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Bass and cello registry

NEWS

Bass of the Month

My friend Bernd Eltze in Essen, Germany, an early rock’n’roll player, aficionado and collector, picked up this S-8 Swing Master from the son of Russ Smith, bassist with Ron and His Rattletones out of western Connecticut in the late ’50s and early ’60s. Available 1938-’54, the Supreme-series S-8 is the non-blonde sibling of the S-9,

Cello of the Month

New Registry member Dylan Sapp in Georgia received this cello from his aunt, who’d found it set out on the street with trash, and he’s interested in restoring it. At first glance it doesn’t look like much, but it’s a score for the research, a 140. I’ve classed in the Supreme series, but that’s tentative

Registry update, October 1, 2022

September marked six months of steady growth in Registry traffic, more or less doubling since the lull in April. About half the September registrations and updates are sale-related. Prices seem to be ticking slowly upward, though still well behind average inflation. New registrations in September: 29 Registration updates: 24 Total registrations: 8287 Average prices in

Bass of the Month

Our friend Kyle Perkins in Kentucky found this rare bird for sale in Maryland. This otherwise standard-spec M-1 from 1950, from the family of the original owner, carries the distinctive difference of its Silvertone tailpiece badge, the first I’ve seen. Kay started supplying instruments to Sears before it was called Kay, and by 1940 its

Cello of the Month

An unusually large group of cellos and 1/4 basses joined the Registry in August, among them this relatively rare 100, marketed as the Artist. Offered only in 1938 and ’39, the 100 and 100B were the only Maestro-series cellos for the prewar period, pitched below the Supreme-series 201 and 165, with some appointments from the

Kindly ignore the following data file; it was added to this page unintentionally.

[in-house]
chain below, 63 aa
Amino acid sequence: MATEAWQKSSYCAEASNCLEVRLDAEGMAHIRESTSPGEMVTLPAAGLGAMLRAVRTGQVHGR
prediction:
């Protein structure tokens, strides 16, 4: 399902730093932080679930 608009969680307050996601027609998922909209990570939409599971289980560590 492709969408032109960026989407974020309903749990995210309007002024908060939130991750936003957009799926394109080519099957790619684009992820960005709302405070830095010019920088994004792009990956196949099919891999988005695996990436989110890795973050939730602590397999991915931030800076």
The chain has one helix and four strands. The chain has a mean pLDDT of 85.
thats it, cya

Registry update for Sept. 2, 2022

New registrations in August: 24 Registration updates: 24 Total registrations: 8260 Average prices in August: C-1 $2340 M-1 2673 M-1B 2694 S-9 4048 H-10/M-3 1087 This month it appears that demand is picking up, with several instruments sold after sitting for up to a couple of years, and newly selling lower-priced instruments going quickly. It’s

Kay-Spotting Basics

Someone who’s new to Kay basses asks, “Can you tell the difference between M1 and C1 basses and why it’s important?” Kay produced and marketed its basses and cellos using a tiered system to differentiate its products for graduated price points. This began with five tiers before the war and evolved to three in the

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